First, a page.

ALBUM REVIEW: IDLES – Ultra Mono

8/10

IDLES - Ultra Mono

Following the release of their acclaimed second LP Joy as an Act of Resistance in 2018, IDLES has gone on to win several awards including two 2019 AIM Awards and dropped a live LP, A Beautiful Thing: Live at Le Bataclan.  Despite their ever-growing fan base, IDLES has been extremely disciplined in their humbleness putting their success down to hard work and being “given the breadth to make mistakes”.

Feeling confident as a unit in unison’ Ultra Mono is IDLES pilgrimage in finding “the economy of sound, and space and silence within songs”. Talbot goes even further suggesting: “This is the instruction manual to ‘Joy…’. It’s important to love yourself, but how do we do that? This is how we do that: by building something instead of just talking”. Whether or not Idles fans wish to read instructions or whether these instructions are well written; an evolution in their sound is inevitable.

Opener “War” explodes with an unnerving combative ambience of intense, pounding and urgent full-on guitars and charging drums sets. Ironically, the lyrics, whilst almost puerile with “Clack clack clack a clang clang! That’s the sound of the gun going bang bang. Tuka tuk tuk tuk tun tuka! That’s the sound of the drone button pusher. Shhh shh shhh shh shhh! That’s the sound of the children tooker” speak the same, if not more audible volumes than any scholarly poet can. “Grounds”, which follows “War” is in some respects lyrically a part 2 of “War” with “Fee fee fi fi fo fo fum. I smell the blood of a million sons. A million daughters from a hundred thousand guns. Not taught by our teachers on our curriculum” to a synchronised unnerving, controlled, disciplined, yet not riotous raw, rock soundtrack.

So far IDLES has demonstrated that they are as raw and politically charged as ever. We also begin to see a more melodic and rhythmic side to them with their lead single “Mr Motivator” with lyrical clichés including “Like Frida Kahlo painting arm the poor on your fuck-off wall” which the band request fans feedback on. The energy of the rhythm and melodies continue on “Anxiety” which has the opening lyrics “My girlfriend just dumped me for Friday night TV and a boy who’s 6 foot 3” whilst also offering answers for the rich-poor divide with “Cold leaders, cold class war. Keeping drugs you can’t afford. So the poor can’t buy the cure”.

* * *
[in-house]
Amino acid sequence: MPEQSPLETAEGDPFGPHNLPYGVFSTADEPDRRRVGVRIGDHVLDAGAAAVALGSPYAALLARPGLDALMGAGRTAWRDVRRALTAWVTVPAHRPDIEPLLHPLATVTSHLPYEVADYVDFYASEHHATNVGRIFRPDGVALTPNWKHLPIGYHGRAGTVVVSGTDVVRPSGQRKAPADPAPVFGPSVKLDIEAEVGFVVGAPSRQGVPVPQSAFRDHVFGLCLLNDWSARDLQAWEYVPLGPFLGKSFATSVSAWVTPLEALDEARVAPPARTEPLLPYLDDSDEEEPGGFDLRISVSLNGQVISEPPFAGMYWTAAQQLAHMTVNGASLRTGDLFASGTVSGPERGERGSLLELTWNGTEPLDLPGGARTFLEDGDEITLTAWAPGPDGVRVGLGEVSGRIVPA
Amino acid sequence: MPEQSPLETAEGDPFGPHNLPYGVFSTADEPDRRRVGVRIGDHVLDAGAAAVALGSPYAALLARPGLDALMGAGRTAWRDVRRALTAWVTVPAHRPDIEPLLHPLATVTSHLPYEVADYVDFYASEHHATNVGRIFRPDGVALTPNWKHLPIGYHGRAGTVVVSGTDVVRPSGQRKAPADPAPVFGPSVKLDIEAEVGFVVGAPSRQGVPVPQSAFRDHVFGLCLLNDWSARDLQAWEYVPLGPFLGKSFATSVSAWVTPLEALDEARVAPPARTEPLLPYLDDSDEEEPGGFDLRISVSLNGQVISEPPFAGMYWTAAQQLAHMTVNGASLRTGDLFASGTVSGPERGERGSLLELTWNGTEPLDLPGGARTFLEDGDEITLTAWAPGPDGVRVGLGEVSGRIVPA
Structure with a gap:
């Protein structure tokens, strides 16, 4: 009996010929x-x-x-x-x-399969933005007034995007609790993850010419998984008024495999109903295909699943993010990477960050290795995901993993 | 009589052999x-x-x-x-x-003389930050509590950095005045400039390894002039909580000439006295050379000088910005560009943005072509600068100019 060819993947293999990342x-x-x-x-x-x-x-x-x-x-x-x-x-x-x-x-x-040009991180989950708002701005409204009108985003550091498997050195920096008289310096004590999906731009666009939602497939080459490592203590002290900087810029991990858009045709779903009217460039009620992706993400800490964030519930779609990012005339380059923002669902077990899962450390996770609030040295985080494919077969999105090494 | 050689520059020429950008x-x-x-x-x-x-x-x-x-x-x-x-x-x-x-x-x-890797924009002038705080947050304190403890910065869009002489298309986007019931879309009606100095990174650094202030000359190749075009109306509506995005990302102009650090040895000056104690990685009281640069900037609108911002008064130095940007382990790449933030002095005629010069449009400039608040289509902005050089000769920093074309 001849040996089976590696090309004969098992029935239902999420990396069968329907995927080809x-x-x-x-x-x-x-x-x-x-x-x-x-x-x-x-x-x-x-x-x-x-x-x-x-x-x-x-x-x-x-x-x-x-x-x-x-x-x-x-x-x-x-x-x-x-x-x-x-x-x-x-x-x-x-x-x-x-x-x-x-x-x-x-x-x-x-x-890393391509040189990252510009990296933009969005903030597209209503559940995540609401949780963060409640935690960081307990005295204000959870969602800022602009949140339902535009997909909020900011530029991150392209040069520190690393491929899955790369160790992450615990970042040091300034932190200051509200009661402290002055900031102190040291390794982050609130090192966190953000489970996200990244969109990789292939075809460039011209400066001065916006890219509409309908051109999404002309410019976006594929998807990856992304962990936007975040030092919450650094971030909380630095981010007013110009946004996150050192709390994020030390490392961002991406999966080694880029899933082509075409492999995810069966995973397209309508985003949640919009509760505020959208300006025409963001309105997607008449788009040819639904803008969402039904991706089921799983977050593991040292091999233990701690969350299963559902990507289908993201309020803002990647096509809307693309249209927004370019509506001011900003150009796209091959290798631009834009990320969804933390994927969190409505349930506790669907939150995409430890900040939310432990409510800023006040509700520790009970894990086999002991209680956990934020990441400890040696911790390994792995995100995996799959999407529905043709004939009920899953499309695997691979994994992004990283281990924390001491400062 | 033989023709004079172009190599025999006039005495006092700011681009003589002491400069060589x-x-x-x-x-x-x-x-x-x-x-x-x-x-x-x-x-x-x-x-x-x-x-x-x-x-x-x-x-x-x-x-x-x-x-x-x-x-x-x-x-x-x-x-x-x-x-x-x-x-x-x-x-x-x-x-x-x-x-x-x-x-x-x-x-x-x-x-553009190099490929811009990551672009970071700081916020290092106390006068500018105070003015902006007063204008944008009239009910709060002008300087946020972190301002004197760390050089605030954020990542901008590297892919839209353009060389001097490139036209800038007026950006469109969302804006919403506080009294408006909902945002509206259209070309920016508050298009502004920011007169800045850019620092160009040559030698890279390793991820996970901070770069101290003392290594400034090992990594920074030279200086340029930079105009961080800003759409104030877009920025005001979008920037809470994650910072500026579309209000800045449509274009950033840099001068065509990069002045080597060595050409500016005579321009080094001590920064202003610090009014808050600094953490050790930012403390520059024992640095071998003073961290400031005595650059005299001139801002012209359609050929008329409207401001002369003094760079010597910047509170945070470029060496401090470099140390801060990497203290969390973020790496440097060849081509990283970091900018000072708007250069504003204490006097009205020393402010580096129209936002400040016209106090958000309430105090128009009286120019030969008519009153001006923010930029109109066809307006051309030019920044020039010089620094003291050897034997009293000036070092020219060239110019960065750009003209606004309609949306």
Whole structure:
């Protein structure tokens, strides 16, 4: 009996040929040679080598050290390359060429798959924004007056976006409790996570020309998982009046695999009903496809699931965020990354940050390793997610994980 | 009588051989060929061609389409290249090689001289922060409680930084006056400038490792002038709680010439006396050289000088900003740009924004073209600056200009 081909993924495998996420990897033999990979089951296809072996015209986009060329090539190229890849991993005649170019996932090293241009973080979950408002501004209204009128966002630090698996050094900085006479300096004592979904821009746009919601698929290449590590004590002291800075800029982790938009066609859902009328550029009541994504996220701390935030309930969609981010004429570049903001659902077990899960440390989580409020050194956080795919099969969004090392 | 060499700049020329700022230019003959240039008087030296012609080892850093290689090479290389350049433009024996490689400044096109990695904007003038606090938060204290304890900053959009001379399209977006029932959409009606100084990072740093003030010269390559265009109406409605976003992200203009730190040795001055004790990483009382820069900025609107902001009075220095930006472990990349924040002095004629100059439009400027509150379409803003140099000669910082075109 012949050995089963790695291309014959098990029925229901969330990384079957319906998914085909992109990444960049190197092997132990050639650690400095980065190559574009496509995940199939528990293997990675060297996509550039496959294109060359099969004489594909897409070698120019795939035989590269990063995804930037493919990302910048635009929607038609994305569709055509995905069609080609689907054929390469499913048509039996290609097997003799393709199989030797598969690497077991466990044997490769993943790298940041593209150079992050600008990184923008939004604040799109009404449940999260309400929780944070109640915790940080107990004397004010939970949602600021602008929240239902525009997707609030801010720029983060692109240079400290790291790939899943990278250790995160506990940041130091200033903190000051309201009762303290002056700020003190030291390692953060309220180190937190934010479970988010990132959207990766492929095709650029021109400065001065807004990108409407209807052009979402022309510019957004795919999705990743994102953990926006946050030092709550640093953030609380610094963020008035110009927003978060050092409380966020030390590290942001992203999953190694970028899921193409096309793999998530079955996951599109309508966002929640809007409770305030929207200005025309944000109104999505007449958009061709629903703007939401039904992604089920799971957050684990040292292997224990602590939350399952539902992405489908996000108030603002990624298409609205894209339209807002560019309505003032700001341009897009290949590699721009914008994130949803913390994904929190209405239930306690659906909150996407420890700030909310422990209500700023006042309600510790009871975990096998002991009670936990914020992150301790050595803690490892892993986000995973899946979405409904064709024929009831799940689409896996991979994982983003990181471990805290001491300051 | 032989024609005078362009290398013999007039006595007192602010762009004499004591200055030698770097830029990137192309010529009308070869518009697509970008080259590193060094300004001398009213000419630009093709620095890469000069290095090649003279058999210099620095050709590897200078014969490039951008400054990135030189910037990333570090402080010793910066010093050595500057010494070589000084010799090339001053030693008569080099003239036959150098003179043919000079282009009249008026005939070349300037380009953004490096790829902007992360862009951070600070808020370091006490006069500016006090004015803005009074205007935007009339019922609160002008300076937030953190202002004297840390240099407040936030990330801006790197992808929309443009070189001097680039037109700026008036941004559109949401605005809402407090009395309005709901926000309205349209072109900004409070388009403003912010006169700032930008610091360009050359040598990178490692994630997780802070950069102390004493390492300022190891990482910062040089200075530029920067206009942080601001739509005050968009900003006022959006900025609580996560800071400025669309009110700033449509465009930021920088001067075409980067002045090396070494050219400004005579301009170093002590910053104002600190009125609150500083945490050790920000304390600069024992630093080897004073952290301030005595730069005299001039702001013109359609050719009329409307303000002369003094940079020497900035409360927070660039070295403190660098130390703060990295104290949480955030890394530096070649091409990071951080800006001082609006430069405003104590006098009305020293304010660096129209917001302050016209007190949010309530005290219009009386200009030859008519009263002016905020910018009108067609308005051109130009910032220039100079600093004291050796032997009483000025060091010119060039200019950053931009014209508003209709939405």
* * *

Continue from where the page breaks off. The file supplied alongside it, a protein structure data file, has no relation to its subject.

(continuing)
The melodies reach infectious levels on “Model Village” with dance/punk perfection and sophisticated lyrical pondering “Just give them an anthem and they’ll sing it. Still, they don’t know the meanings in it. Just saluting flags cause its British.” Likewise with a few more BPM and in just 2 and a half minutes “Ne Touche Pas Moi (Don’t Touch Me)” discuses personal space without mentioning any political candidate running for office.  Songs “Carcinogenic” and “The Lover” equally impress with melodic backdrops set to IDLES punk and rock rawness.

Penultimate track “A Hymn” is probably the most vulnerable track they have done since “June” (which Talbot wrote just days after his daughter’s death). Discussing wanting to be loved whilst feeling shame and trying to move on; “A Hymn” uses distorted, yet beautifully complimenting melancholy sounds and noises which is both a ballad and an anthem. On the surface, some of the lyrics appear goofy such as “Hot Zumba classes at the new church” whilst others such as “I played happily til my teeth hurt” brings home the poignancy of “A Hymn”.

For the most part, Ultra Mono is a search for solutions and applying them. What we learn from IDLES is that this is an ongoing process that continues beyond this LP and any other subsequent IDLES releases. The raw, punk energy that has come to define the band along with social commentary is still present. Bringing in Kenny Beats to team up with Joy as an Act of Resistance producers Nick Launay and Adam Greenspan has introduced more melody and rhythm to IDLES songs.

IDLES has therefore learned more about the economy of sound, and space and silence within songs without impeding their hungry adrenaline-fuelled rawness.  IDLES has also evolved lyrically by using an adroit Molotov cocktail of wit, sophistication and even childishness.

 

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